So, for a while, he made Rat Pack capers. The original Ocean's 11 (1960) is, in any objective sense, a very lousy movie, a prime example, for those whose idea of cinematic improvisation is Mike Leigh Brit kitchen-sinkery or a Christopher Guest mockumentary, of what happens when a film is really improvised, stumbling from take to take according to who's shown up on the set that morning. But, beyond that, why would anyone expect anything of it anyway? Acting isn't even what Frank, Dean and Sam did. They were singers, shoehorning in a little movie making between the nightclub act and the recreational cocktail waitresses. Critics are all but universally agreed that the George Clooney/Brad Pitt Ocean's 11 is a far superior film: it's the sort of thing that the original might have been if Frank and his pallies could have been bothered getting up before lunch. It's better written, better directed, better acted; it has everything - except a reason to be. The only reason to re-make it is because once, long ago, Frank and Dean made it.
It was film-making by numbers: Ocean's 11, Sergeants 3, 4 for Texas, and finally Robin and the 7 Hoods â€“ as in Robin Hood updated to Chicago in the Prohibition era. The difference was that this one was to be a full-blown musical. For the score, Sinatra turned to Jimmy Van Heusen and Sammy Cahn, his more or less in-house writing team and the fellows who, in Ocean's 11, gave Dean one of his great songs - "Ain't That A Kick In The Head". This could have been the Rat Pack's Guys and Dolls, if anyone had been interested in putting in a full day's work. So instead Cahn & Van Heusen turned in a better score than most movie musicals could boast back then, and left it at that. Frank played Robbo, who returns to the Windy City to find that Guy Gisborne (Peter Falk) has taken over from longtime underworld boss Big Jim (Edward G Robinson). Robbo doesn't like it, and starts recruiting his own gang â€“ pool shark Little John (Dean Martin), quick-draw Will (Sammy Davis Jr), and a useful front man from the local orphanage, Alan A Dale. There was also a girl, Marian, played rather blandly by Barbara Rush. Alan A Dale was supposed to be Peter Lawford, but Lawford and Sinatra were on the outs ever since John F Kennedy nixed his stay at the Sinatra compound in Palm Springs after Frank had gone to the trouble of putting in not only guest quarters but also a presidential helipad. Lawford, JFK's brother-in-law, declined to intervene on Sinatra's behalf, and that was that. So instead the role of Alan A Dale went to Bing Crosby, who wound up getting more of the musical action than anybody else. He has some deftly delivered advice for the orphanage kids, "Don't Be A Do-Badder", plus the lead role as a temperance preacher in the big production number "Mister Booze", and one-third of "(You've either got or you haven't got) Style", as Frank and Dean endeavor to give the genial old duffer a lesson in snappy dressing. Frank got "My Kind Of Town (Chicago Is)". Sammy pranced around to a piece of rat-a-tat-tat quick-draw exhibitionism, "Bang! Bang!", and Dino got, of all things, a pastiche mother song, "Any Man Who Loves His Mother (is man enough for me)".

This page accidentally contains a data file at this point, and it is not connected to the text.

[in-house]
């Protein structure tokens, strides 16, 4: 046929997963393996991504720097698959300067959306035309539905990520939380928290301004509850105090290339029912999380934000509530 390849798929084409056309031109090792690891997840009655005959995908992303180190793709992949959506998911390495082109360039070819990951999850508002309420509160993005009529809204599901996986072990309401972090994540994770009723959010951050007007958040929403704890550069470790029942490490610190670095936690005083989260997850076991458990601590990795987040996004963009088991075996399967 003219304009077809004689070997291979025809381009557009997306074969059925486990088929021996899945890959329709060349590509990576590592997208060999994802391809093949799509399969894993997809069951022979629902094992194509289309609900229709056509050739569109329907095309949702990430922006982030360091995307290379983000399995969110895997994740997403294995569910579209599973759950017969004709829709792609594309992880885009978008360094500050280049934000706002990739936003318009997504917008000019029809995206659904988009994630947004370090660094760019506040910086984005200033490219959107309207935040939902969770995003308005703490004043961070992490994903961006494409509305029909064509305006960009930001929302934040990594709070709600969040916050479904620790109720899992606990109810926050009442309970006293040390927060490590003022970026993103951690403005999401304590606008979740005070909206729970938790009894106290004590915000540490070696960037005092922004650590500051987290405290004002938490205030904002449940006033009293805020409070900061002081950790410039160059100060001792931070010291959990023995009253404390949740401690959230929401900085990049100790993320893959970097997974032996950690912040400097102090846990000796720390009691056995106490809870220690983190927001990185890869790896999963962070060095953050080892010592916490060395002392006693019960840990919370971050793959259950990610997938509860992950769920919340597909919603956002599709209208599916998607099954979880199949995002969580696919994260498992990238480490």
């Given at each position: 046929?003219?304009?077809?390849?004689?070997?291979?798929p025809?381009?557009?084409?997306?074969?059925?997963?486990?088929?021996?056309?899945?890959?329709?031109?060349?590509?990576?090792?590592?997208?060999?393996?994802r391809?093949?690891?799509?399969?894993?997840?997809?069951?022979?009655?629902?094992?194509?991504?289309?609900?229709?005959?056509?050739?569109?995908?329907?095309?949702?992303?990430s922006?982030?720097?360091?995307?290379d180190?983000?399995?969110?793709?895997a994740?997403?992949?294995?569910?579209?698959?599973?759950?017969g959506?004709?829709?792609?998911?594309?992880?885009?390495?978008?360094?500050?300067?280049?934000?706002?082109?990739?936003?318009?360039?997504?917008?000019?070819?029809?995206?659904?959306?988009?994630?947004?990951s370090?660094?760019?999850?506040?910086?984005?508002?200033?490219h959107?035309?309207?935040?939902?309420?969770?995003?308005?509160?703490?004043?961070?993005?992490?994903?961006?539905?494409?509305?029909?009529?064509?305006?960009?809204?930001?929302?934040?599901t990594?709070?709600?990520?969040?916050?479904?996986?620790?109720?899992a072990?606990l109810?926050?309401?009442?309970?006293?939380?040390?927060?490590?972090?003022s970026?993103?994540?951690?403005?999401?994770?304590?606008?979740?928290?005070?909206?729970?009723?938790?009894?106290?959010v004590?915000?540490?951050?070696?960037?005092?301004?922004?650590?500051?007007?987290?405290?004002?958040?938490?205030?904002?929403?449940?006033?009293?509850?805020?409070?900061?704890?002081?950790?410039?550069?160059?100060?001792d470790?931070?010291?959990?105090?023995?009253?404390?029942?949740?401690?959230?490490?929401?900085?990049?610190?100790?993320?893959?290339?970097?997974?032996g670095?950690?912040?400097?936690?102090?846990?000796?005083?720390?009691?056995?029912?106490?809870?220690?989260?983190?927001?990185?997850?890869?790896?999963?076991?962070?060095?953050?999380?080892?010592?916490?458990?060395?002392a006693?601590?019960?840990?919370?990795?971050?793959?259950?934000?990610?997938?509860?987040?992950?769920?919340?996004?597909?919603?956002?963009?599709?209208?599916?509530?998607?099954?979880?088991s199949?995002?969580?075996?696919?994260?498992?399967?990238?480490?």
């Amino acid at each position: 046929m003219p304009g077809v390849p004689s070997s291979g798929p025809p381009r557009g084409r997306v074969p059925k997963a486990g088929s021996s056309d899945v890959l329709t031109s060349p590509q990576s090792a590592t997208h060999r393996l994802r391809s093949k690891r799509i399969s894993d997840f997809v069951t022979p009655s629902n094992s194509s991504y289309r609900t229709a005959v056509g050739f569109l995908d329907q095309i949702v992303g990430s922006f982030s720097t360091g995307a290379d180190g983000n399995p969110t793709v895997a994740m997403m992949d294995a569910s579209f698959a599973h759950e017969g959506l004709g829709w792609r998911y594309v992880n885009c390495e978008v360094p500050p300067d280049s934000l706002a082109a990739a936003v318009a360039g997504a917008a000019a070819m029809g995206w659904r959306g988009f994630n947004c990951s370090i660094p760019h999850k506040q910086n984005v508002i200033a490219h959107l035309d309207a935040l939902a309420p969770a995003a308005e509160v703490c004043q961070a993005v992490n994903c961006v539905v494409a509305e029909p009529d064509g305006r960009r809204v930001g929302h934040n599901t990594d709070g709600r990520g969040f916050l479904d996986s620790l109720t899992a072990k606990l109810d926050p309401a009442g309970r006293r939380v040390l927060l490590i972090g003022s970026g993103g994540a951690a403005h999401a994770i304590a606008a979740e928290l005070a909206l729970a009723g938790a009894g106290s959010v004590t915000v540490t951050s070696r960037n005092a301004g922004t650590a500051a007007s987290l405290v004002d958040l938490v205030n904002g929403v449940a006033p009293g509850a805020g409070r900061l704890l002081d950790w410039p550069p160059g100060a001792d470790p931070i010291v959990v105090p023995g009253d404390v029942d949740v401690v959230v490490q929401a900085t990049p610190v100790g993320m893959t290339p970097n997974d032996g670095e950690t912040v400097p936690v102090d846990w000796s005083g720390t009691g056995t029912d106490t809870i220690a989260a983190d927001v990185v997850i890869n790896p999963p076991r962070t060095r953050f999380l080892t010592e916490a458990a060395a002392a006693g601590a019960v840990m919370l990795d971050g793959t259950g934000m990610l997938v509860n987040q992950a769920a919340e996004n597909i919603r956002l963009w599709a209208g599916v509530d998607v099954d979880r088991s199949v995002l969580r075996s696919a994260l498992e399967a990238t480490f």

So, like its predecessors, Robin and the 7 Hoods wound up thrown together â€“ a journeyman director, too short a shoot, and Sammy Cahn still fixing lyrics when they were recording the songs. But the good moments are awfully good â€“ like "Style", with Martin and Sinatra shoving Crosby back into the closet until he emerges suitably tailored. In later years, I used to suggest to Sammy Cahn that Robin and the 7 Hoods would make a great Broadway musical, and he would respond that they were working on it and that soon all those songs would, as he put it, "take stage". Looking back, I can't think what I was thinking: I mean, once you take Frank, Dean, Sam and Bing out, what's left? A few summers back, with Cahn & Van Heusen long dead, a stage version of Robin and the 7 Hoods opened at the Old Globe in San Diego, with a book by Rupert Holmes, the guy who wrote "The Pina Colada Song". They dropped every number from the film except "My Kind Of Town" and stuck in "Come Fly With Me" and a dozen-and-a-half other Cahn & Van Heusen songs. Don't ask me why.
Dean moved on to a trio of Matt Helm films - a parody of James Bond that suffers, as noted a couple of weeks back, from the disadvantage that James Bond is also his own best parody. For his last big leading role, the opposite happened: He took his part as the pilot in Airport (1970) more seriously than anything in years, including the big abortion talk with the stewardess he's knocked up - Dean sensitively tells her that the hospitals they have now in Sweden are really hygienic. Very thoughtful of him. Shortly thereafter she decides to keep the baby. Excepting that he wanted Pet Clark rather than Jacqueline Bisset as his love interest, Martin reckoned it his meatiest drama in years - only to have it completely buried now and forever by the parody thereof, Airplane!
Ah, well. He's good with John Wayne in The Sons of Katie Elder, and then there's always his 1964 star turn, Kiss Me Stupid, with Dean playing "Dino", a boozy Vegas crooner who breaks down in a Vegas hick town to the delight of a would-be local songwriter. The film never quite holds together: a very sour script by Billy Wilder, punctuated by the very last songs of George and Ira Gershwin - that's to say, Ira put words to a few unfinished tunes his late brother had left lying around, thus ensuring that the final entry in the great composer's songbook is something called "I'm A Poached Egg". It was an early example of a celebrity playing a more obnoxious version of his real self: in this case, the plot hinges on the fact that "Dino" needs to have sex every night or he wakes up with a terrible headache in the morning. A glass of milk won't cut it. As Wilder acknowledged until his death, for all the film's flaws, Martin is awfully good. The affable easygoing real Dean makes a superb repellent Dean.
But perhaps even that was too much hard work. The following year he moved to TV and finally found the perfect role, as the charmingly shambolic, tipsy, under-rehearsed, cue-card-misreading host of The Dean Martin Show. Dean Martin's best role, on-screen and off-, was his own invention.